Generally speaking, repayments of loans to “insiders” within 1 year of filing for bankruptcy are considered preferences, and a
bankruptcy trustee may seek to have that repayment avoided. Insiders are typically relatives. Today’s case involved the
repayment of a debt to his ex-wife within that 1 year period. The trustee sought to avoid the repayment, but the Court ruled
that an ex-wife is not an insider, and the trustee’s motion was denied. In re White.
August 12, 2016
Today the Bankruptcy Appellate Panel ruled that a “pay to stay” jail fee is dischargeable in bankruptcy. In this case, an individual
filed for chapter 7 bankruptcy, and owed fees to Dakota County for room and board fees for time spent in jail. After the
bankruptcy was filed, Dakota County claimed that these fees should not be discharged in the bankruptcy because they were a fine
or penalty owed to a government unit. However, the Court concluded that this type of fee does not meet the standard to be
nondischargeable as a fine or penalty, and the debt owed to Dakota County was discharged as part of the chapter 7 bankruptcy.
Dakota County v. Milan.
March 15, 2016
An individual filed for chapter 7 bankruptcy, and at the time she filed she lived at her parents’ home. Within 180 after she filed
for bankruptcy, both of her parents passed away, and as a result she inherited an ownership interest in her parents’ home. The
Bankruptcy Code states that if someone becomes entitled to inherit property within 180 days after filing for bankruptcy, that
property becomes an asset of the bankruptcy estate, so she was subject to losing her interest in her parents’ house. So she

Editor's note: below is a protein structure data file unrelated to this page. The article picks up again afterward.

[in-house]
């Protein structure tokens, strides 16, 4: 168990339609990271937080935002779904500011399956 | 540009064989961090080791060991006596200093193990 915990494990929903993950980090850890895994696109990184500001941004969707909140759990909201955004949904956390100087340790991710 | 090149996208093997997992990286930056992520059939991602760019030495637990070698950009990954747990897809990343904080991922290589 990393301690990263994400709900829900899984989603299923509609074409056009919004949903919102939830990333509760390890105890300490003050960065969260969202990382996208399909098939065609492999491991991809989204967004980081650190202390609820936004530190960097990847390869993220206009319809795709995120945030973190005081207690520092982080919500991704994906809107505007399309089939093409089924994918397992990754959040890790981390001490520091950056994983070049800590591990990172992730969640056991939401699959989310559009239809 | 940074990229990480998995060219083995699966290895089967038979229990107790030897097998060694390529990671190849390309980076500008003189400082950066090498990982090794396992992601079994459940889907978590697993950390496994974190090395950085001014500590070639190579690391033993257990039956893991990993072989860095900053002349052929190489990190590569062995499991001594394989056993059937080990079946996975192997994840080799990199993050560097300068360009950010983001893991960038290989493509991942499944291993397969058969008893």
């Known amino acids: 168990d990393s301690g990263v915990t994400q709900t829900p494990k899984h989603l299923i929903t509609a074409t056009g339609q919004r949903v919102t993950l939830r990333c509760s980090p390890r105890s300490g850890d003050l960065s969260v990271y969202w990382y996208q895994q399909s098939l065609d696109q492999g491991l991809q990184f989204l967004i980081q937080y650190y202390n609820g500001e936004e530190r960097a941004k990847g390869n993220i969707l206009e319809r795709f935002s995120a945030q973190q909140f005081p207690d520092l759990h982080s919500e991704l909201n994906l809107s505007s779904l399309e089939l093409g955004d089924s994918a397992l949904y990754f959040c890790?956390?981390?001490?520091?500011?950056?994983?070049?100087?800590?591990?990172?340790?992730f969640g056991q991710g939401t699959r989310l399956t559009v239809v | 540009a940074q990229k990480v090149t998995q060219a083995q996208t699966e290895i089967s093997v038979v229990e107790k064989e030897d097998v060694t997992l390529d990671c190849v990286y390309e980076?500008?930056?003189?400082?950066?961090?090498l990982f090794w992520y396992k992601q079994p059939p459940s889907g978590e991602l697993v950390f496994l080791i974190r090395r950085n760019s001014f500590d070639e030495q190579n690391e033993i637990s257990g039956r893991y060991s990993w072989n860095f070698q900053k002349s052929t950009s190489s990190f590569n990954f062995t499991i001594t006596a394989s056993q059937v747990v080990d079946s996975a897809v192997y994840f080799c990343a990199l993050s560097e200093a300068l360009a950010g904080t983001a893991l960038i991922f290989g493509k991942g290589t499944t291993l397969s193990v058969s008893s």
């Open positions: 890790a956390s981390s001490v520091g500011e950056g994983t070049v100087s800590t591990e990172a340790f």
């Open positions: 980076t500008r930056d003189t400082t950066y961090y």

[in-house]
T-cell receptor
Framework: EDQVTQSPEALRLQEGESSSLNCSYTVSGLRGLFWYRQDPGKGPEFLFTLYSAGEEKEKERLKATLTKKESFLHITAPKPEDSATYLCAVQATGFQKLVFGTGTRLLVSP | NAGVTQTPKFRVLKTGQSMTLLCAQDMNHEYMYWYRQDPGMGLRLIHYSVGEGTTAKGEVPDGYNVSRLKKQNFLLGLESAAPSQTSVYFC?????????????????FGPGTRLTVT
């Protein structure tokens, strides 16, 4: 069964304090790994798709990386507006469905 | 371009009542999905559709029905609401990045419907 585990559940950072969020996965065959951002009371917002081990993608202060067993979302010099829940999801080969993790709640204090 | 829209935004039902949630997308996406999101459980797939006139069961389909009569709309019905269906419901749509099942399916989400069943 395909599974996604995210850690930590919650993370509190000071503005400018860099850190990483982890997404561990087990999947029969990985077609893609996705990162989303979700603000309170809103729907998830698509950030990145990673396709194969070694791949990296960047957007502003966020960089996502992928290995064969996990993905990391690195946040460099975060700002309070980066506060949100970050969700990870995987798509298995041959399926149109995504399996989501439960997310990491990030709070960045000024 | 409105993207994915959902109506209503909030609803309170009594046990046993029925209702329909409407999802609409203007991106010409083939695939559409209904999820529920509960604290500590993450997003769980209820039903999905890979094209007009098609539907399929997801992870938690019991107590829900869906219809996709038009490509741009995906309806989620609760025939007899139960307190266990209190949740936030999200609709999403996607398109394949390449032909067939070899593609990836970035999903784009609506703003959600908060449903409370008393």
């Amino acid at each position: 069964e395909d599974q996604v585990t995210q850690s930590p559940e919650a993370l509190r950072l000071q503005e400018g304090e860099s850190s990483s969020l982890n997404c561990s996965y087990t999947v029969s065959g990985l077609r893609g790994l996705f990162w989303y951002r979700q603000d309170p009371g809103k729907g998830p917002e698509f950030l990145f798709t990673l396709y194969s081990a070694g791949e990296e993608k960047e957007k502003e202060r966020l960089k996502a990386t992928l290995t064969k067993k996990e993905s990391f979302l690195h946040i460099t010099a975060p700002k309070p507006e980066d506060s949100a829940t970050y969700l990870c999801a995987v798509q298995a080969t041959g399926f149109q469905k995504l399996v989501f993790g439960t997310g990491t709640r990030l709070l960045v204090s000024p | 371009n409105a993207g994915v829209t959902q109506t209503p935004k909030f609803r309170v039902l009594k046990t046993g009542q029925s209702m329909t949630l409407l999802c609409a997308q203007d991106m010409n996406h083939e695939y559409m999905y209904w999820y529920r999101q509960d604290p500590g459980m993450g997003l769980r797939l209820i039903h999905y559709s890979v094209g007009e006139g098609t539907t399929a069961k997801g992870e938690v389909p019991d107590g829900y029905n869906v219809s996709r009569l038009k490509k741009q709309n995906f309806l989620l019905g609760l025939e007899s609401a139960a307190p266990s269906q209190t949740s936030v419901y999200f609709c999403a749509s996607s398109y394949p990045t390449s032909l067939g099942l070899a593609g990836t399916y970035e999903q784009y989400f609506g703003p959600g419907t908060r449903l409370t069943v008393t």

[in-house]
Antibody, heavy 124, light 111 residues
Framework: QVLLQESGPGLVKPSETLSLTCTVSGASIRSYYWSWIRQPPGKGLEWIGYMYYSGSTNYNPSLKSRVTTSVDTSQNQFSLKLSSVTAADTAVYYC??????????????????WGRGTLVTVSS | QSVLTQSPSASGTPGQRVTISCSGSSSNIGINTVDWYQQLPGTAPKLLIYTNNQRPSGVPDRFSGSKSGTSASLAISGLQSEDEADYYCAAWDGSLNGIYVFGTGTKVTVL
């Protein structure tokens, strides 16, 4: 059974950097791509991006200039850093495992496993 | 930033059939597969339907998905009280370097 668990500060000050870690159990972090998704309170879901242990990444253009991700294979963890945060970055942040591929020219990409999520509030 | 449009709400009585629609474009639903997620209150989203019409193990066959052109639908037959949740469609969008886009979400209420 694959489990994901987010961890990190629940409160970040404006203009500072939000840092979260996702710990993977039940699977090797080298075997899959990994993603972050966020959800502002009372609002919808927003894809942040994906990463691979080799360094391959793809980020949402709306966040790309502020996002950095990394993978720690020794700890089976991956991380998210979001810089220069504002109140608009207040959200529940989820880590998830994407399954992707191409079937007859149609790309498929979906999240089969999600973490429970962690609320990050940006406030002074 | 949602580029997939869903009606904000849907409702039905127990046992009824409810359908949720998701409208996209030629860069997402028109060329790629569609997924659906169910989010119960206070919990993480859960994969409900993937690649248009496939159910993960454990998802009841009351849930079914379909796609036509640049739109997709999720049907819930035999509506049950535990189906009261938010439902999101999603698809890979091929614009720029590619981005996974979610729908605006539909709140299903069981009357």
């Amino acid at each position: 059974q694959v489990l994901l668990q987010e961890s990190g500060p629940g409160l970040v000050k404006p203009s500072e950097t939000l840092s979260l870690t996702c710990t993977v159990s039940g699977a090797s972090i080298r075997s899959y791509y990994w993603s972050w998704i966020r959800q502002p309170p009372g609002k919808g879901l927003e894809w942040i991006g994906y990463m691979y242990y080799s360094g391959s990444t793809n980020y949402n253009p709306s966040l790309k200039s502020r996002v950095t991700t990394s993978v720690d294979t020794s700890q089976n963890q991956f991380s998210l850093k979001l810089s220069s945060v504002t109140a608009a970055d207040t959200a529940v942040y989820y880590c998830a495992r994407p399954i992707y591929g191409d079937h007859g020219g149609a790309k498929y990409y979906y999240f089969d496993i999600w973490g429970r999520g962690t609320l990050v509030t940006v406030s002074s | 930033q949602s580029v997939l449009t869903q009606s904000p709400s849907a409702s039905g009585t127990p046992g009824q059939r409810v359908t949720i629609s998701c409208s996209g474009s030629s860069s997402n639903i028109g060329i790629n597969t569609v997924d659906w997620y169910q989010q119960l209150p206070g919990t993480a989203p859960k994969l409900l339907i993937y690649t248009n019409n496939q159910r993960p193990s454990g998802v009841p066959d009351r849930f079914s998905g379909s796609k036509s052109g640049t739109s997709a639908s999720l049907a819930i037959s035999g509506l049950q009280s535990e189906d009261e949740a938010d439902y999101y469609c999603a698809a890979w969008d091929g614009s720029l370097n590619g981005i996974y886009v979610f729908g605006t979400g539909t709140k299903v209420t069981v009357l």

amended her bankruptcy schedules to list the new ownership interest, and exempted it under Minnesota’s homestead exemption,
even though didn’t own the house when she filed for bankruptcy. The trustee in her case objected to this, but the Minnesota
Bankruptcy Court ruled in her favor. The Court recognized that when someone files for bankruptcy, Minnesota law allows them to
keep up to $390,000 in homestead equity, assuming they are living at the house at the time. Because the individual in this case
was living in her parents’ house when she filed for bankruptcy, the Court ruled in her favor and allowed her to exempt her
inherited interest in the house as her homestead, even though she did not own the house when she filed for bankruptcy. In re
September 11, 2015
An individual filed for chapter 13 bankruptcy. As part of the chapter 13, she tried to have the second mortgage lien removed and
that debt wiped out (called “lien stripping”). This may be permissible in chapter 13 when the value of the house is worth less
than what is owed on the first mortgage, making the second mortgage completely unsecured. However, her ex-husband was also
obligated for the second mortgage. Because of this, the Minnesota Bankruptcy Court concluded that she could not obtain a
release of the second mortgage. In re Brown.
April 17, 2015
A husband and wife filed separate bankruptcy petitions because they wanted to claim different exemption laws that were
available to them. The Court said this was not permissible, and consolidated their 2 cases into one, and told them to pick 1
exemption law that would be applied to both of them. Boellner v. Dowden.
January 26, 2015
A married couple filed for chapter 7 bankruptcy. Included in their list of assets was a 529 college savings plan that the husband
inherited. The beneficiaries were their 2 children. 529 plans are generally not property of the bankruptcy estate, which means
they are not subject to being turned over. The trustee argued that because the person filing for bankruptcy was not listed as the
owner if the account (his deceased mother was still listed as owner), the funds should be forfeited. However, the Minnesota
Bankruptcy Court did not agree, and ruled because the person filing for bankruptcy had a legal ownership in the account via
inheritance, it was his, and was not subject to being turned over. In re Hennessy.
MINNESOTA BANKRUPTCY LAW FIRM